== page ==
Same old, same old…

Today I went to Syphal’s Beautiful Shoes near the Maryknoll office to order a new pair of shoes. I’ve been going there for 18 or 19 years and have always bought the same shoe design each time I’ve been back. When I first went there in the early 2000s, a pair of handmade shoes was $18. Now five or six pairs (maybe more?) later, it’s up to $38. I can pick them up in five days.

When online learning doesn’t work…

The government closed Cambodian schools on March 16 and declared learning would continue online. In a country where a large portion of the population doesn’t have electricity, that is a major challenge, not to mention the lack of smartphones. In the Boeung Tum Pun area, where the Maryknoll Sisters work, they are developing some workarounds, some work-at-home packets to keep the youngest kids engaged and connected to school during this l-o-n-g hiatus. Here a couple staff prepare colored pencils for the packets, colored pencils being maybe THE essential item for younger kids.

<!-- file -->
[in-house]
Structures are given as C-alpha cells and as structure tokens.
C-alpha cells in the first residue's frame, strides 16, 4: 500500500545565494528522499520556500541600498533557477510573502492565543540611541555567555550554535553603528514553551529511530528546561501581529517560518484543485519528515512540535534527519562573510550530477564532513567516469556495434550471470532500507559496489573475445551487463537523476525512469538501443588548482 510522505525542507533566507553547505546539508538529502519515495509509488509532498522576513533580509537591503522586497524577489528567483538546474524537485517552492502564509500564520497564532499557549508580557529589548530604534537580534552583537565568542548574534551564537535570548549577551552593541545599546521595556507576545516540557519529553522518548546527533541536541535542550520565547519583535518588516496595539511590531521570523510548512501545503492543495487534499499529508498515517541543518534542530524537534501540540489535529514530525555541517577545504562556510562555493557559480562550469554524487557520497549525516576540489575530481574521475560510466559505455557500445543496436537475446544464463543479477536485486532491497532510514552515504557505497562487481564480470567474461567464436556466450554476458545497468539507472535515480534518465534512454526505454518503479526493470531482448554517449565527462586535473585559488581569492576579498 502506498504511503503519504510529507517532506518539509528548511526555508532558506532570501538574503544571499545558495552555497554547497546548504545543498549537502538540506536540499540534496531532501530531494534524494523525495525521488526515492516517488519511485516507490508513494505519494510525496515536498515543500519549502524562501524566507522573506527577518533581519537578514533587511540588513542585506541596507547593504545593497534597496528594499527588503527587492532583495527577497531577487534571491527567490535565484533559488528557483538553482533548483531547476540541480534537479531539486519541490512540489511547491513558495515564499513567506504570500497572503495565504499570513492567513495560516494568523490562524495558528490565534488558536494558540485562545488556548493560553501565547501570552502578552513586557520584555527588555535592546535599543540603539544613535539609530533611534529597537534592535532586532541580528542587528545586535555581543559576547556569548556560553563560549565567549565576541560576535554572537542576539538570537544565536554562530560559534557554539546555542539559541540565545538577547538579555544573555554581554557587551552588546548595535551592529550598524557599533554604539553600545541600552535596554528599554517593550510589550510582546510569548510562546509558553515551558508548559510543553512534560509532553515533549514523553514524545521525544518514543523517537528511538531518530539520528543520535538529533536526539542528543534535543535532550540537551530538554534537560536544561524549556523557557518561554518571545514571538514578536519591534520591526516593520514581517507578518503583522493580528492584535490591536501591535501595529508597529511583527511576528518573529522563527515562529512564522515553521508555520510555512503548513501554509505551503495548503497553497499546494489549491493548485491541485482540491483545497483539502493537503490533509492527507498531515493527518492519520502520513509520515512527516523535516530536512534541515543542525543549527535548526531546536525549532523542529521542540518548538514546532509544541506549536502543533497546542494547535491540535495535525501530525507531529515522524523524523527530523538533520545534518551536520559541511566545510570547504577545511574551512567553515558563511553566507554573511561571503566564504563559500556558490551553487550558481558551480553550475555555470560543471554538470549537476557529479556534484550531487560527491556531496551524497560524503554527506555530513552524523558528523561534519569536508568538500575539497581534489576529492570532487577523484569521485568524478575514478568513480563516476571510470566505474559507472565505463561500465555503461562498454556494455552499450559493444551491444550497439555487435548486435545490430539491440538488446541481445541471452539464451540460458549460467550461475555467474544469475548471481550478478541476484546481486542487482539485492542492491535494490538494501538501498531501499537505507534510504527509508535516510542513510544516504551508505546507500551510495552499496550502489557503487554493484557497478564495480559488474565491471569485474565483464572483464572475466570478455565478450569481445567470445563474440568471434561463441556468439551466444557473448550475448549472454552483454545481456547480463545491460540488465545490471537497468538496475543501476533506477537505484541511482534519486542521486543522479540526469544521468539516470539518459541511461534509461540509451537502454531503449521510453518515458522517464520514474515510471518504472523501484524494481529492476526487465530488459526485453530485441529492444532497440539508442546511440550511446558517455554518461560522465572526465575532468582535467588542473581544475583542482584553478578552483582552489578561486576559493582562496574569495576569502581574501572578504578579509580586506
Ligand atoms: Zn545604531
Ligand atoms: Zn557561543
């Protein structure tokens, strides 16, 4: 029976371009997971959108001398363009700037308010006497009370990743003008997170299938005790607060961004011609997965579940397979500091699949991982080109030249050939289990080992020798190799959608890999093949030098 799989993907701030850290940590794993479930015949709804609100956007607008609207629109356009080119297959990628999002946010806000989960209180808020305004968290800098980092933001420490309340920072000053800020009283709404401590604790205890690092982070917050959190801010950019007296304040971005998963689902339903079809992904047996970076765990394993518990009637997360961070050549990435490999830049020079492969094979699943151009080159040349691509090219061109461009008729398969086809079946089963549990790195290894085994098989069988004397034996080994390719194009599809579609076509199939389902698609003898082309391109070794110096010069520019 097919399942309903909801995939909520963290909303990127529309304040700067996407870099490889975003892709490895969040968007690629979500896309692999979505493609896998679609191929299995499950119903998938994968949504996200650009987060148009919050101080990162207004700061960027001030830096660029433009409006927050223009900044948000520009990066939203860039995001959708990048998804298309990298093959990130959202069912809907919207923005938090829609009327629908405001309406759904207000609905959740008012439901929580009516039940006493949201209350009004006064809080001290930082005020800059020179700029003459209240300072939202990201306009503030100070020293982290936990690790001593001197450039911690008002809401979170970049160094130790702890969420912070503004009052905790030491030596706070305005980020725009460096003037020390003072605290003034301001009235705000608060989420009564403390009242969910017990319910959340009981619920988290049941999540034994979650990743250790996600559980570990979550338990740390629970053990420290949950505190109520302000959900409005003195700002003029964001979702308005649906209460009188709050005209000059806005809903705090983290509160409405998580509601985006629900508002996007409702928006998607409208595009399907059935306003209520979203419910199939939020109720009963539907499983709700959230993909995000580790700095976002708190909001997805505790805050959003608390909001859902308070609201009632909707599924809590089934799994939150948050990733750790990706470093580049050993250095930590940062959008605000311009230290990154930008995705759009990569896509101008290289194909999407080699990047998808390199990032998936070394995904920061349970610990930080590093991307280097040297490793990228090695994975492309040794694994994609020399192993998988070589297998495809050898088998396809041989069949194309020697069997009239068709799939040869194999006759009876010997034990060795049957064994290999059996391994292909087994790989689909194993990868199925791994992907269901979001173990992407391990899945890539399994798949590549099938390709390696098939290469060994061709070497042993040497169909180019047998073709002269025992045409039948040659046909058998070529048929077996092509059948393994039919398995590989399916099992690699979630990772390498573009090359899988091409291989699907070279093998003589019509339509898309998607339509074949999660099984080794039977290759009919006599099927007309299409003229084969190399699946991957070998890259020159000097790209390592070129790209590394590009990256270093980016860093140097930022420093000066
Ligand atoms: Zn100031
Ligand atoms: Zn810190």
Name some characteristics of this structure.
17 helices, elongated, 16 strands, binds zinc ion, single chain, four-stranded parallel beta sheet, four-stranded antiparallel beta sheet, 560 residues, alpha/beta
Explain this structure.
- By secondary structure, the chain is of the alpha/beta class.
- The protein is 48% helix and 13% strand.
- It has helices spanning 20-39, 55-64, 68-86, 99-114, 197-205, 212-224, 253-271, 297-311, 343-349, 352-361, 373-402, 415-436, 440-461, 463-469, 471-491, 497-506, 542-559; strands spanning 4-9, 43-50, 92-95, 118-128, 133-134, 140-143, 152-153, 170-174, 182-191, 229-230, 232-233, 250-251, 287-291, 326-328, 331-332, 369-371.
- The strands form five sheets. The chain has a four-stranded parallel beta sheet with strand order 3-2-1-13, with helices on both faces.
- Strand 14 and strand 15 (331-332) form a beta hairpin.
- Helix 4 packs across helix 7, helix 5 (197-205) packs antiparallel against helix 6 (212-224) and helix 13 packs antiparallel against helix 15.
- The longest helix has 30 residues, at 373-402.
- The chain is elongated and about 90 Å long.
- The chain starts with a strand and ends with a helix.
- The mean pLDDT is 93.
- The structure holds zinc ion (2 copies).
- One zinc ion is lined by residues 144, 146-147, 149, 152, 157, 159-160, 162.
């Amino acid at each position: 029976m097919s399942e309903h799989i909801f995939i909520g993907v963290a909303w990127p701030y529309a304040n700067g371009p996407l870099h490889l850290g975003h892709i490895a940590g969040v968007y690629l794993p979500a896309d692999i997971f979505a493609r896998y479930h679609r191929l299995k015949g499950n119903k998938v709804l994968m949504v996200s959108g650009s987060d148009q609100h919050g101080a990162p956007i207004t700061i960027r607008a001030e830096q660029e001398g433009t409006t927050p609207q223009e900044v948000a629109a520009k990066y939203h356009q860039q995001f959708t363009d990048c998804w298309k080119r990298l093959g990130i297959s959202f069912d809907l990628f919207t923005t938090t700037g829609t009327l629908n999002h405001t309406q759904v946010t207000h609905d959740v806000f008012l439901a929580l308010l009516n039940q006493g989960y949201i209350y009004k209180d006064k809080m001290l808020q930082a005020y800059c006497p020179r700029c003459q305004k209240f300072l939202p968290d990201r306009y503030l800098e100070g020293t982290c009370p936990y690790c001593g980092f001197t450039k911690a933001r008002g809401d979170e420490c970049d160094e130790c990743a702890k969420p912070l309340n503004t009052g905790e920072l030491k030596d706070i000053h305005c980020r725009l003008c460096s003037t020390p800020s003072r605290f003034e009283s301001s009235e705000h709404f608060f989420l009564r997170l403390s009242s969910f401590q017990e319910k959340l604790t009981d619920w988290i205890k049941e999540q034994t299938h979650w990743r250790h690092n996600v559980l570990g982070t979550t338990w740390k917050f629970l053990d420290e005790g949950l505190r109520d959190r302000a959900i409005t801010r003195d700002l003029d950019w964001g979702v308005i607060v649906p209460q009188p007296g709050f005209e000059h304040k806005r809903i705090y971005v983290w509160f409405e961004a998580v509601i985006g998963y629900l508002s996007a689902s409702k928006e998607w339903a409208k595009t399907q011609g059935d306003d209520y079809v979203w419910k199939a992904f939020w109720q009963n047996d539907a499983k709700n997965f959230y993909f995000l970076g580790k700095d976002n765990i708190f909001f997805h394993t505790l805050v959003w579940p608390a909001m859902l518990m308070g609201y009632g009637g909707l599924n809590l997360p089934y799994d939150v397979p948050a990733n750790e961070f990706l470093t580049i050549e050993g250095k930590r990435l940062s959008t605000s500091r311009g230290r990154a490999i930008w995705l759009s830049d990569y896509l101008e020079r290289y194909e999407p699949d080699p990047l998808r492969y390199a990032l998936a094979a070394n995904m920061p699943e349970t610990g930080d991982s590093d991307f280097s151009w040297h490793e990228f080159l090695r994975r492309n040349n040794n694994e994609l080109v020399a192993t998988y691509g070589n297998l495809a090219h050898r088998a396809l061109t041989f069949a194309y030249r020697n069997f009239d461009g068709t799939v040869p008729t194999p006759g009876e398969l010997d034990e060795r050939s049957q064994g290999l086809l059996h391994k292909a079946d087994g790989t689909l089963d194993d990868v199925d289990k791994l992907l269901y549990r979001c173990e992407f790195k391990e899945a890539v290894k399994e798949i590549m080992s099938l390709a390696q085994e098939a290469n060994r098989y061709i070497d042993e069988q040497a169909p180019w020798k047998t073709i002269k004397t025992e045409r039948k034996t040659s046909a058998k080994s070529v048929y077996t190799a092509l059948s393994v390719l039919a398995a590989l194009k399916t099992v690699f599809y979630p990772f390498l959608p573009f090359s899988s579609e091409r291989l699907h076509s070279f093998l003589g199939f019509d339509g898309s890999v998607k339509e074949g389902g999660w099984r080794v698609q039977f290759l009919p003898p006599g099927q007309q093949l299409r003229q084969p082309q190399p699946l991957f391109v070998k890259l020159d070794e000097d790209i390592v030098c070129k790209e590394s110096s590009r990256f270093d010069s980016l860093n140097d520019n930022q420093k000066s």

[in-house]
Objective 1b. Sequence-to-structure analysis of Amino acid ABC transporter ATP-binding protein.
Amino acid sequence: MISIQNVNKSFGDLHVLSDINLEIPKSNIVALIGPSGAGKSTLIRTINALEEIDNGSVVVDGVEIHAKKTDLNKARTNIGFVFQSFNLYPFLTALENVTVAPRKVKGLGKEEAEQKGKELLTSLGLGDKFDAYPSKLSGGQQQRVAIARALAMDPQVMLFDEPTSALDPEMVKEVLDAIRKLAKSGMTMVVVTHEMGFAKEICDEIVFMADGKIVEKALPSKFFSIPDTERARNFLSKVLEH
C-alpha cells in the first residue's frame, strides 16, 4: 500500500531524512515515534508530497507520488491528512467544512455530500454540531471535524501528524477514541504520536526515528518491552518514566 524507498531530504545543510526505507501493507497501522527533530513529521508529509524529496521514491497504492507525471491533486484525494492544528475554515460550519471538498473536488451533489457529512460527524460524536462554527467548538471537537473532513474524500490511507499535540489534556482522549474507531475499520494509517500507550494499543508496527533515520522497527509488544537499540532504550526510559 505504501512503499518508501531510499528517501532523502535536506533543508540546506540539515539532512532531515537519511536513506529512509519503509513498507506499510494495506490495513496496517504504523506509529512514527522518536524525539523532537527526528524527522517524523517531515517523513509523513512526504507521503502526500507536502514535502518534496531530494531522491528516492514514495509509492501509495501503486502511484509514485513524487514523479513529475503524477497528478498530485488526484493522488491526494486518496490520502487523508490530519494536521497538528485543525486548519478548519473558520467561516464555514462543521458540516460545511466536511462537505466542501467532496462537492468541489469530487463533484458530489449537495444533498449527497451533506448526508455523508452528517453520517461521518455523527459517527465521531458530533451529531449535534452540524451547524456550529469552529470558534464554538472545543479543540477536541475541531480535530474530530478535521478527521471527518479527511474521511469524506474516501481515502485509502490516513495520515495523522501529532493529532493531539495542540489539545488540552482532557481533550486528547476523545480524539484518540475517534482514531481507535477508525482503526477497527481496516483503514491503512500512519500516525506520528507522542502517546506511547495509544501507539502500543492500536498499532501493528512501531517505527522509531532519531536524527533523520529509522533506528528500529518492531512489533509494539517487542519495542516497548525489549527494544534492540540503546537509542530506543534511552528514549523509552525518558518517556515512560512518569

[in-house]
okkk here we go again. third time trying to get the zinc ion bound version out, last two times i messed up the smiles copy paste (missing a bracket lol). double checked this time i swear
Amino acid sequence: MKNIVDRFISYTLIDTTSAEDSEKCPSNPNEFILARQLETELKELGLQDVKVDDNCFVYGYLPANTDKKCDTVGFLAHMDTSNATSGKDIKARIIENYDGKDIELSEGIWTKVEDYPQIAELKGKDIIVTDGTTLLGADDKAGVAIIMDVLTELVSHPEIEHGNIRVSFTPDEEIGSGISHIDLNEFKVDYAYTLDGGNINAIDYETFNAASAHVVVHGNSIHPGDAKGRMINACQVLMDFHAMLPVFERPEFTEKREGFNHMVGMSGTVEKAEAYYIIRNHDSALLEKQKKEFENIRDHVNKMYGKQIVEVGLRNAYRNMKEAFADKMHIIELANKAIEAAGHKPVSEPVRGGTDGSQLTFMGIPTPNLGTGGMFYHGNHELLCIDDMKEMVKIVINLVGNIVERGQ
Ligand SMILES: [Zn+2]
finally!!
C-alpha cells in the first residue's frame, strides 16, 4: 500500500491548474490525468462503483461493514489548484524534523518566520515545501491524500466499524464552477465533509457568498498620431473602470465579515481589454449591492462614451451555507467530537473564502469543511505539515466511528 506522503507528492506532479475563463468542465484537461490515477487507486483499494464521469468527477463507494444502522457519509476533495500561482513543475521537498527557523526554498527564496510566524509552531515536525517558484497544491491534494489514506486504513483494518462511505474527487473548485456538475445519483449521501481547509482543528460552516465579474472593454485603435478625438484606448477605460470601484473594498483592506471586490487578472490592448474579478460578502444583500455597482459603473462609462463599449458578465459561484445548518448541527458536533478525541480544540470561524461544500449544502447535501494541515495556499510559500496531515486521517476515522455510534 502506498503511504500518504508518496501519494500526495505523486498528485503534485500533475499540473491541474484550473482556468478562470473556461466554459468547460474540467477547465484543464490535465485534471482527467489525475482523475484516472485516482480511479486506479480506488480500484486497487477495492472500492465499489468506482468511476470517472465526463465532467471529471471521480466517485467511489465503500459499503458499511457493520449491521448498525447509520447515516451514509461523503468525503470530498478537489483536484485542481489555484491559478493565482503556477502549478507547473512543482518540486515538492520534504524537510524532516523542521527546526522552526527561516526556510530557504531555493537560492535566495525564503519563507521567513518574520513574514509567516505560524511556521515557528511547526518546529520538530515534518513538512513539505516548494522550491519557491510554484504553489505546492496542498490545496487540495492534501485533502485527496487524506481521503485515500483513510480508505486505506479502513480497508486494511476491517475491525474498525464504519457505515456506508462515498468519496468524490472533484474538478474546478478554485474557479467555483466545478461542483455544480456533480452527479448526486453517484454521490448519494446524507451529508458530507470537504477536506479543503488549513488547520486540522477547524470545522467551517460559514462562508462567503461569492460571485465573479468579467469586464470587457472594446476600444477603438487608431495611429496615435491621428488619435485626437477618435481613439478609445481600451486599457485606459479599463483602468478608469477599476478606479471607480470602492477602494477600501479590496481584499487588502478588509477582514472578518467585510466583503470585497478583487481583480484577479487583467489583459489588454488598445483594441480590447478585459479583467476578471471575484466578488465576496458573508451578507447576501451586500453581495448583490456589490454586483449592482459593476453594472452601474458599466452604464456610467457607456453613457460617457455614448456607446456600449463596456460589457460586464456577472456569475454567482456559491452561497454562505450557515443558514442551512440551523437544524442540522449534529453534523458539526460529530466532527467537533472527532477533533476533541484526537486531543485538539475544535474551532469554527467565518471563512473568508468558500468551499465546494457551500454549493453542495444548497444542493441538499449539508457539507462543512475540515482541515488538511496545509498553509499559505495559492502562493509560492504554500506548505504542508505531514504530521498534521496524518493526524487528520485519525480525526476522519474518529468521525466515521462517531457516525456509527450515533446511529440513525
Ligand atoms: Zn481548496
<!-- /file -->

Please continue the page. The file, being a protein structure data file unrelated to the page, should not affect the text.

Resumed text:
A Little Hideaway

Riding along the streets of Phnom Penh, one is confronted by high walls and gates of compounds that just reflect a frightened urban mentality. Go through some of those gates, though, and one is in another world, such as this compound where some famous sisters live. It could not be more secluded although it’s right by the royal palace and the prime minister’s house. Going to the sisters’ house in the dark, one could almost expect the Death Eaters to emerge.

COVID-19 Notes

When the pandemic started and we had the first cases of infection in Cambodia, all the schools (top photo) and the church put sinks in accessible places so people could wash their hands.

Now, because Cambodia hasn’t had a new infection since April 12th–and no deaths–the sinks aren’t used that much. And the bottom photo shows that people are not using masks or maintaining physical distance either.

Cambodia could really be setting itself up for a terrible second wave of infections.